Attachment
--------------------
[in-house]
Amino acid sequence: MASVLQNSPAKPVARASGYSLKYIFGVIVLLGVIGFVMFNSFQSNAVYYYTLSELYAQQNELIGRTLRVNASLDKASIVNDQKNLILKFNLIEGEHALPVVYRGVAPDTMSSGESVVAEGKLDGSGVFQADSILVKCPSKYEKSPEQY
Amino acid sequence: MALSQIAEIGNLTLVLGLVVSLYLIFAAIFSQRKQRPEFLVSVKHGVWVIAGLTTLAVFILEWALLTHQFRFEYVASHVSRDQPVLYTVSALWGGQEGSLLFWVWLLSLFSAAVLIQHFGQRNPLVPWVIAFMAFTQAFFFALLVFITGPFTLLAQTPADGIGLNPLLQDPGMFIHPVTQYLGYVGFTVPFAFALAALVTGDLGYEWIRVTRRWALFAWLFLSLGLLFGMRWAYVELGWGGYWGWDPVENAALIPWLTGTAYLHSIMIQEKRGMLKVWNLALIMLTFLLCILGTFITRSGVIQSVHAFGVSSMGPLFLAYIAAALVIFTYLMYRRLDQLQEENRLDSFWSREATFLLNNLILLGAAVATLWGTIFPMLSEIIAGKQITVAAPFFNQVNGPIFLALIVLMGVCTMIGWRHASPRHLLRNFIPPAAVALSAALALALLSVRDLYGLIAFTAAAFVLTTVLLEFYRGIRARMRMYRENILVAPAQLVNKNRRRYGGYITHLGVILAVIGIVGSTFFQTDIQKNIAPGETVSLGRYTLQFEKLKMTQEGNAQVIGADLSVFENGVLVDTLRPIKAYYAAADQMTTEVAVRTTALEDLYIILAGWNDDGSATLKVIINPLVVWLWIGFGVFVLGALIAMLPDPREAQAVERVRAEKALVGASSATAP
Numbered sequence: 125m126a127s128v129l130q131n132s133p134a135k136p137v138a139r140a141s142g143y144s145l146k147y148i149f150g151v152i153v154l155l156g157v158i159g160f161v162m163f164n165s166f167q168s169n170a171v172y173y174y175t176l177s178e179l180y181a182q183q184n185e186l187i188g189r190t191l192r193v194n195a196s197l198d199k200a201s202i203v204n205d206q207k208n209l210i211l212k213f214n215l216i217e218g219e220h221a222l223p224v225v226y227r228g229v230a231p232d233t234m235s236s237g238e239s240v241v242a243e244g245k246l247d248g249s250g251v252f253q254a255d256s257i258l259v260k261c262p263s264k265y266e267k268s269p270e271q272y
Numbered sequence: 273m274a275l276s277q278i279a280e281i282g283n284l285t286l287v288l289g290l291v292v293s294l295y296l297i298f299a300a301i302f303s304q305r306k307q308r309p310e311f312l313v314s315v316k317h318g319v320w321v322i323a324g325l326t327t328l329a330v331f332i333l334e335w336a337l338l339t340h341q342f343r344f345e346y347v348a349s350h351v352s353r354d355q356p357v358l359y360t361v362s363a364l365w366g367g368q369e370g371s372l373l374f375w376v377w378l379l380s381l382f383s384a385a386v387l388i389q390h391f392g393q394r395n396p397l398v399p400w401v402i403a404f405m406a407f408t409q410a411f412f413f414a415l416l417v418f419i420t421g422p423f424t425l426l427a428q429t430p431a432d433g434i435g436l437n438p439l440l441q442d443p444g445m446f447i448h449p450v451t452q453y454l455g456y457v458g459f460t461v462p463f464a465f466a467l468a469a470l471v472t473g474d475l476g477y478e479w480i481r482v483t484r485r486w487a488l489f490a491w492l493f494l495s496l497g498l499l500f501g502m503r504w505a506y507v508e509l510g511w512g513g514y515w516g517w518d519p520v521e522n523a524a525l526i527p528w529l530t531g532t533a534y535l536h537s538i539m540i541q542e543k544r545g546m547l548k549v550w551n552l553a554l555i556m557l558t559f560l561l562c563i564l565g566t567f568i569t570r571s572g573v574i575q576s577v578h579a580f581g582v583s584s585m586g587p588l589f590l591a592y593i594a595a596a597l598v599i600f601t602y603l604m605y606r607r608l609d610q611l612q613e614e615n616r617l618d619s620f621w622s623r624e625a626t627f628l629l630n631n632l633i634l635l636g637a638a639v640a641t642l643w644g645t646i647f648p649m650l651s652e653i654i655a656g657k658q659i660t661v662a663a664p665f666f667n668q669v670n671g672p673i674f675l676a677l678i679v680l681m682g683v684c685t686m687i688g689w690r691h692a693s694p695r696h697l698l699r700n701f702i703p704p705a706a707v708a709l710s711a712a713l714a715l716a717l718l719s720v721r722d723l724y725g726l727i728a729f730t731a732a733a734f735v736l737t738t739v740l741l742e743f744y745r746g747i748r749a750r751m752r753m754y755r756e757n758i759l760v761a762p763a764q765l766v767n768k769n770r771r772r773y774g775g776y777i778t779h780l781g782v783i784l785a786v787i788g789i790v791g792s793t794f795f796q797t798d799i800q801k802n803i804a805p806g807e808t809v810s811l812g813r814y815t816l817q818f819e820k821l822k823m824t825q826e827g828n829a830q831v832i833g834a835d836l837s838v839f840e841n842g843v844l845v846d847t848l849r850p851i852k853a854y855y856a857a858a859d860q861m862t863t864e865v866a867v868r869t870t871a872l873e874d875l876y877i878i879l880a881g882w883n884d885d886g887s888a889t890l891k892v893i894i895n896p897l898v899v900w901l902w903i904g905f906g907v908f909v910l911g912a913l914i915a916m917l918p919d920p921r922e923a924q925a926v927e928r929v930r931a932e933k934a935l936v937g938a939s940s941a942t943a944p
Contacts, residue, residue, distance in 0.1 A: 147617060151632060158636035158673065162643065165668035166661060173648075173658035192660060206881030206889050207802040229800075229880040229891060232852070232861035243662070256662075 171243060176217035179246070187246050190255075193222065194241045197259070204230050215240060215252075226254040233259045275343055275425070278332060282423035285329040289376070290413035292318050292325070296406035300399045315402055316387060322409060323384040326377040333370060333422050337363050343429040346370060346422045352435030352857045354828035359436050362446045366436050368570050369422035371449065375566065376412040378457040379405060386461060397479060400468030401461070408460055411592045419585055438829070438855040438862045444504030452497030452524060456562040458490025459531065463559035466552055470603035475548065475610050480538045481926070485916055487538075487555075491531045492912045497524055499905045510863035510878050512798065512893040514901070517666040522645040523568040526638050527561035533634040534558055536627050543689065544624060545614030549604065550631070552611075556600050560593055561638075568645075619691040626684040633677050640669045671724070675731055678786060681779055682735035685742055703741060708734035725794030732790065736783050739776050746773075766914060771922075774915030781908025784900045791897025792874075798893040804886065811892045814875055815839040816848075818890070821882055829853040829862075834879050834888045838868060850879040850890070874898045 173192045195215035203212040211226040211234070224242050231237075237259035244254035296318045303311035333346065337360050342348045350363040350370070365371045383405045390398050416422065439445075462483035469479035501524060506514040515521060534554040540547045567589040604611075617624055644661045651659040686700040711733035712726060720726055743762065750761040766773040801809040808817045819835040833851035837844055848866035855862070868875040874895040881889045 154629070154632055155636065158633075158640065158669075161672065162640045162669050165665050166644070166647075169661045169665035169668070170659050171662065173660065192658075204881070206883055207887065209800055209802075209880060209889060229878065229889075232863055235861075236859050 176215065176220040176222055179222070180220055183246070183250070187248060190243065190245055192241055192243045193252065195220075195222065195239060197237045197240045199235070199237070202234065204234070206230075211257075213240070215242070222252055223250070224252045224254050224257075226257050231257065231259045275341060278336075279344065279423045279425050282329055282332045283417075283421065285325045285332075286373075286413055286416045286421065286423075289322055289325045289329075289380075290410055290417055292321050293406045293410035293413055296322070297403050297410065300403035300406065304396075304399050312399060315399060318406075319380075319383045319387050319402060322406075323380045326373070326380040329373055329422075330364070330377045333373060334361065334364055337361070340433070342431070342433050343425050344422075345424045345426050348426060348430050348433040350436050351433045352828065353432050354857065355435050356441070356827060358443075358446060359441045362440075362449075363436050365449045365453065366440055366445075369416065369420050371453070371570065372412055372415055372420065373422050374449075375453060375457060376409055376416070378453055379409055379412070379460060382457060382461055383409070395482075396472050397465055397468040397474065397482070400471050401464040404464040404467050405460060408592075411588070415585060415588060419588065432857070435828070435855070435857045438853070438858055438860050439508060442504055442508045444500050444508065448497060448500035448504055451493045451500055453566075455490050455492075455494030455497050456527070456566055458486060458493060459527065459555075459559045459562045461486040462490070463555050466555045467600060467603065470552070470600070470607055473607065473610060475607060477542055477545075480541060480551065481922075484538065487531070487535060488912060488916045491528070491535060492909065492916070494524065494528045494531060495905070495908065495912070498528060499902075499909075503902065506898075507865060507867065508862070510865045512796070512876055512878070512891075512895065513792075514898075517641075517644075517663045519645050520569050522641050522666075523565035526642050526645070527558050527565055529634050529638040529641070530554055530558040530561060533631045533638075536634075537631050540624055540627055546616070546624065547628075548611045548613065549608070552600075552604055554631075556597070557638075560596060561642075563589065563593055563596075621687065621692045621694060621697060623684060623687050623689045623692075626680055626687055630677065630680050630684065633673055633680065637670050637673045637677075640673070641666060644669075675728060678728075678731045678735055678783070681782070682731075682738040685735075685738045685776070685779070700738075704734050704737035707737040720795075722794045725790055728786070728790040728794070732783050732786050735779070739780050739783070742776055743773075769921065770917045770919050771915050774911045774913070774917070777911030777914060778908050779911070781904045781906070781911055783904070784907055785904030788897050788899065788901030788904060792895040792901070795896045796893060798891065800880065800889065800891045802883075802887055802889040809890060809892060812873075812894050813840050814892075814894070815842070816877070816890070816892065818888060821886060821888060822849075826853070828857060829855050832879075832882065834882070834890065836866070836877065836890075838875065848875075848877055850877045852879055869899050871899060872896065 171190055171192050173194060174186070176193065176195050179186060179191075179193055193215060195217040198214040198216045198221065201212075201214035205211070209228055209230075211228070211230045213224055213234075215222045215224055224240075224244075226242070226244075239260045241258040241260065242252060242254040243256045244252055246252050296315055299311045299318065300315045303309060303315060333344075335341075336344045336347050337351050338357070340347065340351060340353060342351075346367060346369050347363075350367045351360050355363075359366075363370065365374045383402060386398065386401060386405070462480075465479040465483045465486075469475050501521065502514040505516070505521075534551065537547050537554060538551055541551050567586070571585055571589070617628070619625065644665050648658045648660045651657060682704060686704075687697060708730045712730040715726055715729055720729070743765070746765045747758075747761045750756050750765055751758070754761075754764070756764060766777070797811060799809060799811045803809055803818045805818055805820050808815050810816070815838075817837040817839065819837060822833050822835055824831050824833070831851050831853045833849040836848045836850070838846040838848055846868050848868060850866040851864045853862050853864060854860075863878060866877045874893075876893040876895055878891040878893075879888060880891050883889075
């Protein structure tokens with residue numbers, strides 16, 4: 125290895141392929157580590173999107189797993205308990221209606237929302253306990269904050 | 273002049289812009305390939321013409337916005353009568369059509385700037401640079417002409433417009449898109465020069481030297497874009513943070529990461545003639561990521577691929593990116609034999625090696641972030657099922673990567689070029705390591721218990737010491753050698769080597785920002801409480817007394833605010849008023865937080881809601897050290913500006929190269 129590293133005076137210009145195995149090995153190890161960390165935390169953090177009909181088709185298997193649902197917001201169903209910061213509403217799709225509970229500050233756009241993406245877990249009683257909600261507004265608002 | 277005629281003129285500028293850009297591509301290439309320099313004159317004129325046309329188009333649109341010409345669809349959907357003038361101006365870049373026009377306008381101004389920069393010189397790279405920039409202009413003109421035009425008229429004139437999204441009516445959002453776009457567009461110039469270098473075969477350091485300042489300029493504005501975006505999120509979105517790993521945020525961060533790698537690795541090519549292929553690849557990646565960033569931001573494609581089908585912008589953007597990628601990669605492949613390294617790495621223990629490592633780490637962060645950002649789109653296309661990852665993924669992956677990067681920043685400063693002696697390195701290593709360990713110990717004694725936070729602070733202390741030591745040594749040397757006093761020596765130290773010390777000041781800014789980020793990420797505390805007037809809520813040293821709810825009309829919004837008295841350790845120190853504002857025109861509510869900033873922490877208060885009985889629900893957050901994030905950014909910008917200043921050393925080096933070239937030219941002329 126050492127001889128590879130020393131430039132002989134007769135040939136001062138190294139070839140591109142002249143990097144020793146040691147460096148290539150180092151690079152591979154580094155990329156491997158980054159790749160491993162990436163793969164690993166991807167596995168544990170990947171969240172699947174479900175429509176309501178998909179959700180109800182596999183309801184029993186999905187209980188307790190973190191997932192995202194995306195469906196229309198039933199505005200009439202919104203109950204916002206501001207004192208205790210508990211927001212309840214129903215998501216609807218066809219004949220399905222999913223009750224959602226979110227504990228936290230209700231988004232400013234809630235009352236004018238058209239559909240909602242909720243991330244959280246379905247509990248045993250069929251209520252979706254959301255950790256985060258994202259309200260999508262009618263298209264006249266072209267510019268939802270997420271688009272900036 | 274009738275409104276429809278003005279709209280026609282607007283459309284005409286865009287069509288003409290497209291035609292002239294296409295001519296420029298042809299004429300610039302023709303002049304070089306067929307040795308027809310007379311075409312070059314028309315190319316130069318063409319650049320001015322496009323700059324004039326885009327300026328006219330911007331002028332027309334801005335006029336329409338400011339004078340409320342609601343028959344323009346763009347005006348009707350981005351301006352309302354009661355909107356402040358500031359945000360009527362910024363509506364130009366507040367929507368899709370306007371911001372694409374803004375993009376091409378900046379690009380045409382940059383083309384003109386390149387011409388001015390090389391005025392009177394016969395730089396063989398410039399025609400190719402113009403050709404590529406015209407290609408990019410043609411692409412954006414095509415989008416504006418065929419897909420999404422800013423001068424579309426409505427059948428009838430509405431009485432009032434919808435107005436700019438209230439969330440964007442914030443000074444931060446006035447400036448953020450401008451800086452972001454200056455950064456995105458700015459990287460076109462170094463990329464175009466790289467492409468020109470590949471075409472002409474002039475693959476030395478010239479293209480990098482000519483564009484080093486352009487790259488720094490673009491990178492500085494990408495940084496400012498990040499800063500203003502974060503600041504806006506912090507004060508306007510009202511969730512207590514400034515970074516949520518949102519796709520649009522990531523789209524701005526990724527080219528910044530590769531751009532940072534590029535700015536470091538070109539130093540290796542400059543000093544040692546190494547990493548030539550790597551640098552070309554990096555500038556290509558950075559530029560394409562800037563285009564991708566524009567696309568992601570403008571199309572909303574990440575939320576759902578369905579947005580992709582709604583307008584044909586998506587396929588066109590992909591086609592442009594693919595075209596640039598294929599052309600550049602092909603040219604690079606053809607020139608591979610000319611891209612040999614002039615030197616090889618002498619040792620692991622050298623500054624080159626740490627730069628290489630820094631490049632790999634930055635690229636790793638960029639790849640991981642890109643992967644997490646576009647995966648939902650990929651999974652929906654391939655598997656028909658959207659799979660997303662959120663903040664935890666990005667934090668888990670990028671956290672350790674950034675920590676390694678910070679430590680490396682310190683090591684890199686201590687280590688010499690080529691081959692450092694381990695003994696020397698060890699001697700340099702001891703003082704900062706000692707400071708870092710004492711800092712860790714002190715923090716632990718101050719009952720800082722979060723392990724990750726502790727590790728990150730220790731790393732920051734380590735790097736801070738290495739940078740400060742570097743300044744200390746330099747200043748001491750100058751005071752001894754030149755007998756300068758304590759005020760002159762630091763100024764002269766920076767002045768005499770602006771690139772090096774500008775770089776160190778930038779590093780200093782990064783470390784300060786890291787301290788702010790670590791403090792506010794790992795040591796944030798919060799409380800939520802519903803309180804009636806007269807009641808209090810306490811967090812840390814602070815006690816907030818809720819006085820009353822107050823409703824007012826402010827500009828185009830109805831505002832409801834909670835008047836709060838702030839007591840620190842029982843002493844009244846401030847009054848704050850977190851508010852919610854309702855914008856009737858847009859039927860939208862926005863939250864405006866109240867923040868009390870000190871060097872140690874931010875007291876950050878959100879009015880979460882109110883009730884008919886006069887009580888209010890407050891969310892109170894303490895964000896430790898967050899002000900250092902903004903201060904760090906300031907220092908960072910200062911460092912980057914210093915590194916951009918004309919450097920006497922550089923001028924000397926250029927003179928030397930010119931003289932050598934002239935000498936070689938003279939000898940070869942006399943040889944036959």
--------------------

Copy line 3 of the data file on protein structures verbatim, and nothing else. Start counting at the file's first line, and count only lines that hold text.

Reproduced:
Amino acid sequence: MALSQIAEIGNLTLVLGLVVSLYLIFAAIFSQRKQRPEFLVSVKHGVWVIAGLTTLAVFILEWALLTHQFRFEYVASHVSRDQPVLYTVSALWGGQEGSLLFWVWLLSLFSAAVLIQHFGQRNPLVPWVIAFMAFTQAFFFALLVFITGPFTLLAQTPADGIGLNPLLQDPGMFIHPVTQYLGYVGFTVPFAFALAALVTGDLGYEWIRVTRRWALFAWLFLSLGLLFGMRWAYVELGWGGYWGWDPVENAALIPWLTGTAYLHSIMIQEKRGMLKVWNLALIMLTFLLCILGTFITRSGVIQSVHAFGVSSMGPLFLAYIAAALVIFTYLMYRRLDQLQEENRLDSFWSREATFLLNNLILLGAAVATLWGTIFPMLSEIIAGKQITVAAPFFNQVNGPIFLALIVLMGVCTMIGWRHASPRHLLRNFIPPAAVALSAALALALLSVRDLYGLIAFTAAAFVLTTVLLEFYRGIRARMRMYRENILVAPAQLVNKNRRRYGGYITHLGVILAVIGIVGSTFFQTDIQKNIAPGETVSLGRYTLQFEKLKMTQEGNAQVIGADLSVFENGVLVDTLRPIKAYYAAADQMTTEVAVRTTALEDLYIILAGWNDDGSATLKVIINPLVVWLWIGFGVFVLGALIAMLPDPREAQAVERVRAEKALVGASSATAP